Thursday, September 16, 2010

Interpretation vs Translation

notice of intended marriage

Image via Wikipedia

I missed my post yesterday and I’m sorry about that.  Things have been pretty busy here of late, I have many things going on in real life that prevent my usual persistence with the family history.  So, for the time being, it’s going to return to kind of a weekend hobby.  I will continue to post daily if I can, but I won’t make any promises of that either.  I’m on a different kind of hunt at the moment and hopefully will be successful very soon.

I’ve learned that one part of the family left England to find freedom from the church, and a profitable future.  They found one, not necessarily the other.  I have learned not to trust family “lore”, no matter who it comes from.  The other hard lesson I have learned, is that genealogist’s results can vary depending on the part of a family they are researching, and how dedicated they are to documenting the records they find. 

What do I mean by results may vary?   It really comes down to how well the individual doing the research followed the records, and interpreted them.  What I’m talking about, is three separate results I’ve found on line.  Each one covers a different sibling of a particular family.  What I found is that each one was a slightly different variations on the make up of the family.  At first it took me a little while to figure out the first one.  That was simply because there was a marriage I had been unaware of.  The father of this family had been married three times, instead of two, or even just once.    The first born child, a son was actually the result of the first marriage, then four by the second marriage, and one by the third.  Can you see how things could get a little twisted around in interpreting these records.  Now take into account that all of this occurred in the mid 1700’s.

Many of the older records are more difficult to reason out.  You’ll find that they kept records in a different language than the rest of the populace.  I’m not talking about language like French, German, or English, although it is not uncommon to find church or government records from the old days kept in Latin.  What I’m talking about, is the difference between the way to educated spoke or wrote and the general populous who were usually peasants.  Then factor in the fact that you might be translating the record from French, German, or maybe Latin, and you have the makings for some real confusion.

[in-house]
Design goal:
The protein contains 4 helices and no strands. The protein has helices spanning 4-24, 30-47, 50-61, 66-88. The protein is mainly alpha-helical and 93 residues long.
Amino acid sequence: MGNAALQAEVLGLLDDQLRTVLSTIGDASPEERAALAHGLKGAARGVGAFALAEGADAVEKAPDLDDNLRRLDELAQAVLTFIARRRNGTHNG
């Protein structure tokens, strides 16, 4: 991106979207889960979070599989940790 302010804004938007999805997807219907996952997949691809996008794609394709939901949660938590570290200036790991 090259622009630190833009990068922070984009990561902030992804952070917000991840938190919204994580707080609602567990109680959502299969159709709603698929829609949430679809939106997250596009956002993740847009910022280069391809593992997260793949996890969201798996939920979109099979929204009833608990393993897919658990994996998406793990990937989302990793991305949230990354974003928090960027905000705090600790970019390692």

One of the most useful tools I’ve used so far, is the translator in the Google toolbar.  It has been invaluable to me of late.  You still have to remember that other languages, sometimes structure their sentences differently than we do in English.   So even after you translate a page, you still have to interpret it correctly, and mistakes can be made.  All of this is why I have been saying you have to do your own confirmation or corroborating research.  You never know, you might be the one to stumble across something all the others who have researched this family missed.

There is another thing this research has reinforced, I am not infallible and I will always be learning myself.  It never ceases to amaze me, where I can find the next lesson.  Sometimes, that invaluable lesson comes from a completely unexpected direction.   It’s amazing just how educational, my own family history has become, in more ways than I ever imagined.

Quote of the Day:
”School is a drill for the battle of life. If you fail in the drill you will fail in the battle.”
--Karl G. Maeser



Anonymous said...

Feel free to copy and mail material in French (or any of the romance languages) to me for backcheck on the Google translation. One of my undergrad degrees was in French, and I've been working in it off and on, as well as Spanish, for a number of years now.



Eric S. said...

I certainly will. Right now, German is the most common of the languages. Even the relations from Canada, were English in background.

kkipp said...

I haven't any useful level of German, darn it . . . though have intended for a number of years to add the language to the queue because of the family history.